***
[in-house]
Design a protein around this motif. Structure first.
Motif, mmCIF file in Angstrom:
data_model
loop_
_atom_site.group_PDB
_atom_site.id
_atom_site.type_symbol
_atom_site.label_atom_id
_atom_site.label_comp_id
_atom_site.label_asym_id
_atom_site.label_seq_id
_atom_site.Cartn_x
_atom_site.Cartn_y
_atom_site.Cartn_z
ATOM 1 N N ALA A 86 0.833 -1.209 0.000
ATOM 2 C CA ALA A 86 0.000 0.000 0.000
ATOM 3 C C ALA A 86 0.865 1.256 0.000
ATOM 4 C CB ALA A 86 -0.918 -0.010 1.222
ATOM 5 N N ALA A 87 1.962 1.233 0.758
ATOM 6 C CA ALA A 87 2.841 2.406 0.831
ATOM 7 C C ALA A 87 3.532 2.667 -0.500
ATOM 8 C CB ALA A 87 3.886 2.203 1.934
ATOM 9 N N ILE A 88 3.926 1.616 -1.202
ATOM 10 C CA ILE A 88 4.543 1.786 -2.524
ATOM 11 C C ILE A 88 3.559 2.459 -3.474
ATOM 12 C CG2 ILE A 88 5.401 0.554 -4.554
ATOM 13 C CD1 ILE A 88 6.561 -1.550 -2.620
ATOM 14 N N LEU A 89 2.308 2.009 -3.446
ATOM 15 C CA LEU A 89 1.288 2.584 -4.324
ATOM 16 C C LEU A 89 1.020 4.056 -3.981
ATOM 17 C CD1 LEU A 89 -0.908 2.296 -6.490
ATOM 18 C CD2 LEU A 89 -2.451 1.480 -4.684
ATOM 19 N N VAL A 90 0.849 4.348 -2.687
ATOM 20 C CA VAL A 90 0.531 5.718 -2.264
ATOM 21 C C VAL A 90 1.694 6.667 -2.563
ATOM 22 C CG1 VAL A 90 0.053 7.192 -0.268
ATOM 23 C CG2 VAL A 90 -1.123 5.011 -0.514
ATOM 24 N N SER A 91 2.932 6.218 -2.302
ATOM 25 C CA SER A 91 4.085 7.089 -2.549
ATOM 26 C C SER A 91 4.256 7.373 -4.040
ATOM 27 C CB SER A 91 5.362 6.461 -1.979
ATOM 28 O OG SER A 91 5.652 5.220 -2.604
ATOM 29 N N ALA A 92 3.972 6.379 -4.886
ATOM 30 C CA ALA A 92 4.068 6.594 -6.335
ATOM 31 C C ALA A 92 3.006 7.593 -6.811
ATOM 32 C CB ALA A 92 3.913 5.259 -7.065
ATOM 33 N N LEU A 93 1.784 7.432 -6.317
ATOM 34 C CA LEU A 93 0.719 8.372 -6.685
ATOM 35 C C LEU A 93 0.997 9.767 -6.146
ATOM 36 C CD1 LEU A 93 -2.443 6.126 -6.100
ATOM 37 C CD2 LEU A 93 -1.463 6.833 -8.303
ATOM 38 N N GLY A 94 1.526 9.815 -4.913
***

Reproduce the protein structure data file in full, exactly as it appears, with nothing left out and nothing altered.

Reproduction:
[in-house]
Design a protein around this motif. Structure first.
Motif, mmCIF file in Angstrom:
data_model
loop_
_atom_site.group_PDB
_atom_site.id
_atom_site.type_symbol
_atom_site.label_atom_id
_atom_site.label_comp_id
_atom_site.label_asym_id
_atom_site.label_seq_id
_atom_site.Cartn_x
_atom_site.Cartn_y
_atom_site.Cartn_z
ATOM 1 N N ALA A 86 0.833 -1.209 0.000
ATOM 2 C CA ALA A 86 0.000 0.000 0.000
ATOM 3 C C ALA A 86 0.865 1.256 0.000
ATOM 4 C CB ALA A 86 -0.918 -0.010 1.222
ATOM 5 N N ALA A 87 1.962 1.233 0.758
ATOM 6 C CA ALA A 87 2.841 2.406 0.831
ATOM 7 C C ALA A 87 3.532 2.667 -0.500
ATOM 8 C CB ALA A 87 3.886 2.203 1.934
ATOM 9 N N ILE A 88 3.926 1.616 -1.202
ATOM 10 C CA ILE A 88 4.543 1.786 -2.524
ATOM 11 C C ILE A 88 3.559 2.459 -3.474
ATOM 12 C CG2 ILE A 88 5.401 0.554 -4.554
ATOM 13 C CD1 ILE A 88 6.561 -1.550 -2.620
ATOM 14 N N LEU A 89 2.308 2.009 -3.446
ATOM 15 C CA LEU A 89 1.288 2.584 -4.324
ATOM 16 C C LEU A 89 1.020 4.056 -3.981
ATOM 17 C CD1 LEU A 89 -0.908 2.296 -6.490
ATOM 18 C CD2 LEU A 89 -2.451 1.480 -4.684
ATOM 19 N N VAL A 90 0.849 4.348 -2.687
ATOM 20 C CA VAL A 90 0.531 5.718 -2.264
ATOM 21 C C VAL A 90 1.694 6.667 -2.563
ATOM 22 C CG1 VAL A 90 0.053 7.192 -0.268
ATOM 23 C CG2 VAL A 90 -1.123 5.011 -0.514
ATOM 24 N N SER A 91 2.932 6.218 -2.302
ATOM 25 C CA SER A 91 4.085 7.089 -2.549
ATOM 26 C C SER A 91 4.256 7.373 -4.040
ATOM 27 C CB SER A 91 5.362 6.461 -1.979
ATOM 28 O OG SER A 91 5.652 5.220 -2.604
ATOM 29 N N ALA A 92 3.972 6.379 -4.886
ATOM 30 C CA ALA A 92 4.068 6.594 -6.335
ATOM 31 C C ALA A 92 3.006 7.593 -6.811
ATOM 32 C CB ALA A 92 3.913 5.259 -7.065
ATOM 33 N N LEU A 93 1.784 7.432 -6.317
ATOM 34 C CA LEU A 93 0.719 8.372 -6.685
ATOM 35 C C LEU A 93 0.997 9.767 -6.146
ATOM 36 C CD1 LEU A 93 -2.443 6.126 -6.100
ATOM 37 C CD2 LEU A 93 -1.463 6.833 -8.303
ATOM 38 N N GLY A 94 1.526 9.815 -4.913